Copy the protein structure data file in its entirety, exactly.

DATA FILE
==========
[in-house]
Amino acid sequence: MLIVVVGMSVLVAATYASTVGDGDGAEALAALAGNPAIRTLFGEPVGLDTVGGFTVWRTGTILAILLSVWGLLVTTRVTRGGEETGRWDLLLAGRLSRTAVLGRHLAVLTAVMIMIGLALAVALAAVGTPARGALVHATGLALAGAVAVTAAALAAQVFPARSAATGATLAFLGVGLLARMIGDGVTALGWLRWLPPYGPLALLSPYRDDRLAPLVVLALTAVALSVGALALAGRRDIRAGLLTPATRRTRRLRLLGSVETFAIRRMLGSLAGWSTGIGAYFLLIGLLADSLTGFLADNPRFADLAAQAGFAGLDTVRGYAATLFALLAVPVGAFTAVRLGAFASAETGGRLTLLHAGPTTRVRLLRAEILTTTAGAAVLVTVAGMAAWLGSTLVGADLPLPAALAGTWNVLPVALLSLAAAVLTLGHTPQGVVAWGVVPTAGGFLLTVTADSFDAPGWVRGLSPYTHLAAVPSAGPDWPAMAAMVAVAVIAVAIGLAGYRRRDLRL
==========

[in-house]
Amino acid sequence: MLIVVVGMSVLVAATYASTVGDGDGAEALAALAGNPAIRTLFGEPVGLDTVGGFTVWRTGTILAILLSVWGLLVTTRVTRGGEETGRWDLLLAGRLSRTAVLGRHLAVLTAVMIMIGLALAVALAAVGTPARGALVHATGLALAGAVAVTAAALAAQVFPARSAATGATLAFLGVGLLARMIGDGVTALGWLRWLPPYGPLALLSPYRDDRLAPLVVLALTAVALSVGALALAGRRDIRAGLLTPATRRTRRLRLLGSVETFAIRRMLGSLAGWSTGIGAYFLLIGLLADSLTGFLADNPRFADLAAQAGFAGLDTVRGYAATLFALLAVPVGAFTAVRLGAFASAETGGRLTLLHAGPTTRVRLLRAEILTTTAGAAVLVTVAGMAAWLGSTLVGADLPLPAALAGTWNVLPVALLSLAAAVLTLGHTPQGVVAWGVVPTAGGFLLTVTADSFDAPGWVRGLSPYTHLAAVPSAGPDWPAMAAMVAVAVIAVAIGLAGYRRRDLRL